Thursday

2nd Apr 2020

Anti-fraud office targets EU agencies

The EU's anti-fraud body, Olaf, has devoted "particular attention" to investigations targeting the bloc's own institutions, especially newly-created agencies prone to fraud and embezzlement, its 2009 activity report shows.

The bulk of ongoing investigations carried out by the European Anti-fraud Office (Olaf) at the end of 2009 were internal ones, the report published on Wednesday (14 July) shows.

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  • The UK-based police training agency spent EU money on personal cars (Photo: Cepol)

The 133 cases mostly concern officials from the European Commission, the EU parliament and EU agencies, but also the Committee of the Regions, the Data Protection Supervisor, the EU ombudsman and the European Investment Bank.

"Allegations forwarded to Olaf cover a wide range of wrongdoings from embezzlement, favouritism, fraudulent claims by staff and wrongdoing in tender procedures to conflicts of interest," the document reads.

A special focus is devoted to EU agencies: "The move by the EU towards delegating the responsibility for a number of its activities to a wide range of agencies across the scope of the activities of the Union poses new and different risks in terms of fraud and corruption. Olaf's operational experience has identified a number of issues particularly in the period immediately after the creation of new agencies."

The total financial impact of these investigations is estimated at €25 million. Although it is by far the lowest sum, compared to the 43 cases looking into fraud with EU structural funds, for instance, where the damage could be over €650 million, Olaf explains that it can choose to go after low-value cases "if the fraud represents a systemic problem or the reputation of the EU is jeopardised."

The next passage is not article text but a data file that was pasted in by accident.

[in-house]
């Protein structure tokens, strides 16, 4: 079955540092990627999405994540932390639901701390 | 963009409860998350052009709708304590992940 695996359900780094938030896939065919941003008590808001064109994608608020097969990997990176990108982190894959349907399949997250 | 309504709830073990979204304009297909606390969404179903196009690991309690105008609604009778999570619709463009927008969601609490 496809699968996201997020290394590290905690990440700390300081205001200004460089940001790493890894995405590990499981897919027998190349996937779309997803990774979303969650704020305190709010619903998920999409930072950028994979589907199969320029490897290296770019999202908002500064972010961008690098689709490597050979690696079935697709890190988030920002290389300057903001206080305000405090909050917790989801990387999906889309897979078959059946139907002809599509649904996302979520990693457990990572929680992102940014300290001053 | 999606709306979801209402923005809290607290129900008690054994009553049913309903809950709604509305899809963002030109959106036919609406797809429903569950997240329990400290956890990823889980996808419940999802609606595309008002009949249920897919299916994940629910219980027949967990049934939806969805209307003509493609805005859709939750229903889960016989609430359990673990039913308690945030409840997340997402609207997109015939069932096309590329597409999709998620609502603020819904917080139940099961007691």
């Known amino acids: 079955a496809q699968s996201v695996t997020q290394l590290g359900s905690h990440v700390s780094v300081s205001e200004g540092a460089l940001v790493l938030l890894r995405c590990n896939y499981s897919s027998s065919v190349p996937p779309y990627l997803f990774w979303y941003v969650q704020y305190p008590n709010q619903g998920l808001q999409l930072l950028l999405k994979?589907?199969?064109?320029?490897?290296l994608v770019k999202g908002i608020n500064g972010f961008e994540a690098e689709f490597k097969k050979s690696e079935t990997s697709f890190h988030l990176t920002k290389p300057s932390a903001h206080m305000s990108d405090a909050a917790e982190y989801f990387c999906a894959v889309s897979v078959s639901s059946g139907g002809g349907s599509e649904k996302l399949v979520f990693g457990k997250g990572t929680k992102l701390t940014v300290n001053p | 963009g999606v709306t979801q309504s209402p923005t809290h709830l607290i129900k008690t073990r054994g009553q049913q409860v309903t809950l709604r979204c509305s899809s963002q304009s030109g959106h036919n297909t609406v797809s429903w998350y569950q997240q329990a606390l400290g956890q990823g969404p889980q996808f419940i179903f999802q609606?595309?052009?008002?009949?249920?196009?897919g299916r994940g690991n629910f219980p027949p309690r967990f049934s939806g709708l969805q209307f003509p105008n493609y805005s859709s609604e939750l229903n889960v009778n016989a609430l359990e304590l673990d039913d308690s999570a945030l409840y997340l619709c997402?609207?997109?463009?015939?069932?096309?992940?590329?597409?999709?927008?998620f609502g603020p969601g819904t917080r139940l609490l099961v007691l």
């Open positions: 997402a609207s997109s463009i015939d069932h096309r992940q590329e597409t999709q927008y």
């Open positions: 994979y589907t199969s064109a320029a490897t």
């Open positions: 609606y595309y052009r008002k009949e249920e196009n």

Asked why Olaf decided to focus on EU agencies in 2009, Olaf spokesman Pavel Borkovec told Euobserver that "there has been an increased number of cases concerning EU agencies" but also because the anti-fraud office "wanted to demonstrate the holistic approach it has taken in dealing with the risks of fraud and other irregularities."

Without specifically naming the agency, the report highlights the case of the Britain-based Cepol, EU's newly-created police training college, where the management used community money to buy personal cars, furniture and phones. "In the rush to set up the agency, key elements of the financial management and control had not been implemented," the report says, noting "the serious and systemic nature" of the irregularities.

The case was flagged up by another control unit - the European Court of Auditors - and was followed up by Olaf. The European Parliament subsequently refused to sign off Cepol's accounts, as long as the investigation over the €22,000 in question was ongoing.

"The responsible officials resigned from their posts and fundamental changes were made to the agency's internal procedures," the report says.

The highly-mediatised case of former UK Independence Party MEP Tom Wise is also mentioned, without naming him, as it is the only euro-deputy to have ever been sentenced to prison over claiming false expenses.

In one year, Mr Wise was paid close to €50,000 to reimburse the costs of employing a parliamentary assistant. The assistant, however, received less than a sixth of the money, while the rest was put into Mr Wise's private bank account. Despite Mr Wise having paid back the falsely claimed expenses, "the Olaf investigation concluded that there was sufficient evidence to demonstrate the MEP had been aware his actions were illegal" and his case was referred to British prosecutors. After pleading guilty, Mr Wise was sentenced to two years in prison.

The report also describes the case of a recently-recruited EU commission official who used falsified documents to support his request for a higher grade. Judicial authorities in this case did not pursue the case, because Olaf "only received the relevant information four years after the facts occurred." As a consequence, the commission "permanently downgraded" the official, a "severe disciplinary measure," as the report puts it.

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